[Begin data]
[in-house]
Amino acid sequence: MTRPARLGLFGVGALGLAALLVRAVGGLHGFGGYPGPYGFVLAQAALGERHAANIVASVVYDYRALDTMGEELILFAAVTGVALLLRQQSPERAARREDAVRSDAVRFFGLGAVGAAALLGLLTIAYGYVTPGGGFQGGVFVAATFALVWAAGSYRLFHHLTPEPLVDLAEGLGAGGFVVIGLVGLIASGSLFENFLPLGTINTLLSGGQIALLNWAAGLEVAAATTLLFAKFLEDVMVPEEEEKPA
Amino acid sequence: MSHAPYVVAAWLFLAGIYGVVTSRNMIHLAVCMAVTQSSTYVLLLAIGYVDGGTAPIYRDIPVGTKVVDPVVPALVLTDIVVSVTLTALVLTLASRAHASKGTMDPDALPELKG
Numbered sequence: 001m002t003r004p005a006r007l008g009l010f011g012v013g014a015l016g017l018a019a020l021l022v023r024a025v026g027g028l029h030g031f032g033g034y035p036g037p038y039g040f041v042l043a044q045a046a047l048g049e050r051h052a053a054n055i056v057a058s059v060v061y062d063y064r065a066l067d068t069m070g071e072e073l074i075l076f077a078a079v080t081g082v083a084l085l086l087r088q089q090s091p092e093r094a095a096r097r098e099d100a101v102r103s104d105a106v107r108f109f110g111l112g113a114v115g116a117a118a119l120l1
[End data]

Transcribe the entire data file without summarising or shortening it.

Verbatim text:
[in-house]
Amino acid sequence: MTRPARLGLFGVGALGLAALLVRAVGGLHGFGGYPGPYGFVLAQAALGERHAANIVASVVYDYRALDTMGEELILFAAVTGVALLLRQQSPERAARREDAVRSDAVRFFGLGAVGAAALLGLLTIAYGYVTPGGGFQGGVFVAATFALVWAAGSYRLFHHLTPEPLVDLAEGLGAGGFVVIGLVGLIASGSLFENFLPLGTINTLLSGGQIALLNWAAGLEVAAATTLLFAKFLEDVMVPEEEEKPA
Amino acid sequence: MSHAPYVVAAWLFLAGIYGVVTSRNMIHLAVCMAVTQSSTYVLLLAIGYVDGGTAPIYRDIPVGTKVVDPVVPALVLTDIVVSVTLTALVLTLASRAHASKGTMDPDALPELKG
Numbered sequence: 001m002t003r004p005a006r007l008g009l010f011g012v013g014a015l016g017l018a019a020l021l022v023r024a025v026g027g028l029h030g031f032g033g034y035p036g037p038y039g040f041v042l043a044q045a046a047l048g049e050r051h052a053a054n055i056v057a058s059v060v061y062d063y064r065a066l067d068t069m070g071e072e073l074i075l076f077a078a079v080t081g082v083a084l085l086l087r088q089q090s091p092e093r094a095a096r097r098e099d100a101v102r103s104d105a106v107r108f109f110g111l112g113a114v115g116a117a118a119l120l1